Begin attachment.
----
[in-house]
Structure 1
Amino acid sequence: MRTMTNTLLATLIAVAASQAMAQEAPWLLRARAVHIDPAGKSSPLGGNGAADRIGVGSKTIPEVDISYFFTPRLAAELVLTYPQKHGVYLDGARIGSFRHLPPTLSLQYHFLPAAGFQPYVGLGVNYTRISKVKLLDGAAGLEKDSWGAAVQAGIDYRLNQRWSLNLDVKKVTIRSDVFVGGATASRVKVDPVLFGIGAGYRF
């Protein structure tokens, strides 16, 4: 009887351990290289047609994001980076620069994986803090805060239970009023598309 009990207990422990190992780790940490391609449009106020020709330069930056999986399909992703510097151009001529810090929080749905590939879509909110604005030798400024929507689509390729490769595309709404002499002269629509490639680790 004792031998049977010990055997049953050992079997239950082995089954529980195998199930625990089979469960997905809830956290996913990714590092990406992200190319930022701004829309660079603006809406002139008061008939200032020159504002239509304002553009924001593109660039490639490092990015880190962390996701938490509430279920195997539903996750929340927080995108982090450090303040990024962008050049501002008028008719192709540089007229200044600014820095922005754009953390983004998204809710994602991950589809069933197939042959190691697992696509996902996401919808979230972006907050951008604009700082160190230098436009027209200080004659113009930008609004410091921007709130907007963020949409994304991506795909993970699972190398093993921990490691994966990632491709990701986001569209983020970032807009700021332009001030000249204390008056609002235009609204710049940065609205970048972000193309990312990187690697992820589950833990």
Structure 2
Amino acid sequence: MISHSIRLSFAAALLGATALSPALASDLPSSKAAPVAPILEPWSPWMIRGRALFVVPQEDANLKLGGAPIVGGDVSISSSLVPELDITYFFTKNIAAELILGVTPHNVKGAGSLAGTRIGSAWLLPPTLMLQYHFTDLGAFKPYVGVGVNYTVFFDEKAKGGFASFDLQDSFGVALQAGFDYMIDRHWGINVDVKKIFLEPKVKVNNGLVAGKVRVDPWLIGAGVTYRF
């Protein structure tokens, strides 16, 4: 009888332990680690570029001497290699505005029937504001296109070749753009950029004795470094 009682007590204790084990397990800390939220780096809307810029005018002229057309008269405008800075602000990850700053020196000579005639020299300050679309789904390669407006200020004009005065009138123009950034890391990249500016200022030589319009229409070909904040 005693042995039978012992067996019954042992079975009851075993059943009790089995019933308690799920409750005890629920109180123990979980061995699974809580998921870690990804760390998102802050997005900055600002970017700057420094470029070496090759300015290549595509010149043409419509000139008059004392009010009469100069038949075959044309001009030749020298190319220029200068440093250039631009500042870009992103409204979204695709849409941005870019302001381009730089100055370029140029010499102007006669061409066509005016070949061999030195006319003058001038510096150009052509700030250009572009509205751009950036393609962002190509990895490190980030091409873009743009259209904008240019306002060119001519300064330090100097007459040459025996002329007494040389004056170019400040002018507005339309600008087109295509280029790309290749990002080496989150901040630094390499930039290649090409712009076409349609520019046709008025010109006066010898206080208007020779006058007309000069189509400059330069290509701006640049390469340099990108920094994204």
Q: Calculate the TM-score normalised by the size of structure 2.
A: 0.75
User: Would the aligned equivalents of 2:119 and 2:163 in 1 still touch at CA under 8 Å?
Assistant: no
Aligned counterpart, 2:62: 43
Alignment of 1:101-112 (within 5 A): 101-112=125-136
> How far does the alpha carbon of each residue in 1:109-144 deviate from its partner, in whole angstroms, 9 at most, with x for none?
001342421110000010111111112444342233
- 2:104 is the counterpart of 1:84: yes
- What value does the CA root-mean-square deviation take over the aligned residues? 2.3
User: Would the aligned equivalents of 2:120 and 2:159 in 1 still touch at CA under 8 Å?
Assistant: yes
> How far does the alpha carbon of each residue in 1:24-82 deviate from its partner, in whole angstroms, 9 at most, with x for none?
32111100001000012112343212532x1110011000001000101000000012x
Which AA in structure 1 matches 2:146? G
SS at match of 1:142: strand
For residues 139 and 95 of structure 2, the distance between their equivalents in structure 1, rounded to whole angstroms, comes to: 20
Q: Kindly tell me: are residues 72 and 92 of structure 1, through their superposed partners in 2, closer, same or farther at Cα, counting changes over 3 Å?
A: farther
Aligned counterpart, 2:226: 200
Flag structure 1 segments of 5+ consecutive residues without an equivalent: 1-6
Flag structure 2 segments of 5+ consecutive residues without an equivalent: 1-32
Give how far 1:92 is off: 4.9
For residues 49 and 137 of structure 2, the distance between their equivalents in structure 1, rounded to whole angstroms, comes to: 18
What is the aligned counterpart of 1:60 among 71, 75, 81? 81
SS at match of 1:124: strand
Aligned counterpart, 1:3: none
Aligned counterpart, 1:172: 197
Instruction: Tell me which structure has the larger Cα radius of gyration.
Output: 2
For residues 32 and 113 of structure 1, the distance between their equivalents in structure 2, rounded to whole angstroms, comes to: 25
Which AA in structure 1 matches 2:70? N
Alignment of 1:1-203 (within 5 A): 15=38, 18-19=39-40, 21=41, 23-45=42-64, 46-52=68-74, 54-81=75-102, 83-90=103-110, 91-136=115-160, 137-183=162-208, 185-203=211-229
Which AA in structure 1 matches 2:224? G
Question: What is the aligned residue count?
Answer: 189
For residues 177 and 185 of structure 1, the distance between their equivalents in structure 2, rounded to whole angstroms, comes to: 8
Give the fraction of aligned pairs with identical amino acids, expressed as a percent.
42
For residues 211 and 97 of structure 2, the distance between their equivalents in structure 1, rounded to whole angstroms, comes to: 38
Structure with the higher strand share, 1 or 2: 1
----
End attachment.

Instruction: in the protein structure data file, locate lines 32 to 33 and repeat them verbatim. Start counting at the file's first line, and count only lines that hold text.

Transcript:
What is the aligned counterpart of 1:60 among 71, 75, 81? 81
SS at match of 1:124: strand